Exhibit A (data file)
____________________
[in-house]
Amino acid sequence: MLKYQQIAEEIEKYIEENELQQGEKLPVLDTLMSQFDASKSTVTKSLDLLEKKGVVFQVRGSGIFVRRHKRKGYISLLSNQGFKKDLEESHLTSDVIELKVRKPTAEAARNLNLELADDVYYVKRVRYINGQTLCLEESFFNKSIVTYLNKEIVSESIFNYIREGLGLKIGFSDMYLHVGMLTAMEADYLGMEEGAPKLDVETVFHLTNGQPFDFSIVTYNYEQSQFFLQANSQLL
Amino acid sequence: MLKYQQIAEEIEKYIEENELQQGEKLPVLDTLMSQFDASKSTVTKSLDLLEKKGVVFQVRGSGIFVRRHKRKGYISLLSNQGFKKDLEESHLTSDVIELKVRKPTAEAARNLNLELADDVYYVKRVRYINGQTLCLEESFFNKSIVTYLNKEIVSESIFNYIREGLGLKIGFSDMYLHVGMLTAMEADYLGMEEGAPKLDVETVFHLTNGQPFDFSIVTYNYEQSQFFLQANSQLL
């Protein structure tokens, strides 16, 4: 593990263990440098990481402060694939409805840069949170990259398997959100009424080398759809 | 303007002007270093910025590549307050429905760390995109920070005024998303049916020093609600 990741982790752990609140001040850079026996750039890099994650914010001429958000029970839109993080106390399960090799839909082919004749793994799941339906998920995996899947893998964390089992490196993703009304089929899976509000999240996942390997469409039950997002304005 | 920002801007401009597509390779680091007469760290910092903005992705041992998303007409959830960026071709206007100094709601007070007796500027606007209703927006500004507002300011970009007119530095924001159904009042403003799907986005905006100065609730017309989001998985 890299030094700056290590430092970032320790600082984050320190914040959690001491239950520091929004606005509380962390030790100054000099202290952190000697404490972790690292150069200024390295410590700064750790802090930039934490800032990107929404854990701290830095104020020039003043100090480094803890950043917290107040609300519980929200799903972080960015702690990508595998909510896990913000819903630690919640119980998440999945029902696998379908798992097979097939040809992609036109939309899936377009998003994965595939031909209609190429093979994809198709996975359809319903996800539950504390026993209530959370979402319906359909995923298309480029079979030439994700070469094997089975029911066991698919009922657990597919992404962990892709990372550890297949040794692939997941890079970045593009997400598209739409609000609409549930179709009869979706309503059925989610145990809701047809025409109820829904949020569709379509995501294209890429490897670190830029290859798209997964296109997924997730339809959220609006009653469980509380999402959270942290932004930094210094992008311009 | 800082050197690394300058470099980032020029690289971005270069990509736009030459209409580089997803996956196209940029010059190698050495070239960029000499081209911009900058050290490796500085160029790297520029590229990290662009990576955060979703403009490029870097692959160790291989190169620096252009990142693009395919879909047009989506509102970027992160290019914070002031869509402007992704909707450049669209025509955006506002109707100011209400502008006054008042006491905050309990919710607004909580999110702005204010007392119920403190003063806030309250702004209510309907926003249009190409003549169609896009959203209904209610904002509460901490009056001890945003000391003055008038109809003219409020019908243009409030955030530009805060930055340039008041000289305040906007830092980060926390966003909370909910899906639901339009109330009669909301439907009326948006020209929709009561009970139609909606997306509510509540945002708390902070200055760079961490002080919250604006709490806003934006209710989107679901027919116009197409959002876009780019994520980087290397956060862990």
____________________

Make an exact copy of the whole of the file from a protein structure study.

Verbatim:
[in-house]
Amino acid sequence: MLKYQQIAEEIEKYIEENELQQGEKLPVLDTLMSQFDASKSTVTKSLDLLEKKGVVFQVRGSGIFVRRHKRKGYISLLSNQGFKKDLEESHLTSDVIELKVRKPTAEAARNLNLELADDVYYVKRVRYINGQTLCLEESFFNKSIVTYLNKEIVSESIFNYIREGLGLKIGFSDMYLHVGMLTAMEADYLGMEEGAPKLDVETVFHLTNGQPFDFSIVTYNYEQSQFFLQANSQLL
Amino acid sequence: MLKYQQIAEEIEKYIEENELQQGEKLPVLDTLMSQFDASKSTVTKSLDLLEKKGVVFQVRGSGIFVRRHKRKGYISLLSNQGFKKDLEESHLTSDVIELKVRKPTAEAARNLNLELADDVYYVKRVRYINGQTLCLEESFFNKSIVTYLNKEIVSESIFNYIREGLGLKIGFSDMYLHVGMLTAMEADYLGMEEGAPKLDVETVFHLTNGQPFDFSIVTYNYEQSQFFLQANSQLL
């Protein structure tokens, strides 16, 4: 593990263990440098990481402060694939409805840069949170990259398997959100009424080398759809 | 303007002007270093910025590549307050429905760390995109920070005024998303049916020093609600 990741982790752990609140001040850079026996750039890099994650914010001429958000029970839109993080106390399960090799839909082919004749793994799941339906998920995996899947893998964390089992490196993703009304089929899976509000999240996942390997469409039950997002304005 | 920002801007401009597509390779680091007469760290910092903005992705041992998303007409959830960026071709206007100094709601007070007796500027606007209703927006500004507002300011970009007119530095924001159904009042403003799907986005905006100065609730017309989001998985 890299030094700056290590430092970032320790600082984050320190914040959690001491239950520091929004606005509380962390030790100054000099202290952190000697404490972790690292150069200024390295410590700064750790802090930039934490800032990107929404854990701290830095104020020039003043100090480094803890950043917290107040609300519980929200799903972080960015702690990508595998909510896990913000819903630690919640119980998440999945029902696998379908798992097979097939040809992609036109939309899936377009998003994965595939031909209609190429093979994809198709996975359809319903996800539950504390026993209530959370979402319906359909995923298309480029079979030439994700070469094997089975029911066991698919009922657990597919992404962990892709990372550890297949040794692939997941890079970045593009997400598209739409609000609409549930179709009869979706309503059925989610145990809701047809025409109820829904949020569709379509995501294209890429490897670190830029290859798209997964296109997924997730339809959220609006009653469980509380999402959270942290932004930094210094992008311009 | 800082050197690394300058470099980032020029690289971005270069990509736009030459209409580089997803996956196209940029010059190698050495070239960029000499081209911009900058050290490796500085160029790297520029590229990290662009990576955060979703403009490029870097692959160790291989190169620096252009990142693009395919879909047009989506509102970027992160290019914070002031869509402007992704909707450049669209025509955006506002109707100011209400502008006054008042006491905050309990919710607004909580999110702005204010007392119920403190003063806030309250702004209510309907926003249009190409003549169609896009959203209904209610904002509460901490009056001890945003000391003055008038109809003219409020019908243009409030955030530009805060930055340039008041000289305040906007830092980060926390966003909370909910899906639901339009109330009669909301439907009326948006020209929709009561009970139609909606997306509510509540945002708390902070200055760079961490002080919250604006709490806003934006209710989107679901027919116009197409959002876009780019994520980087290397956060862990």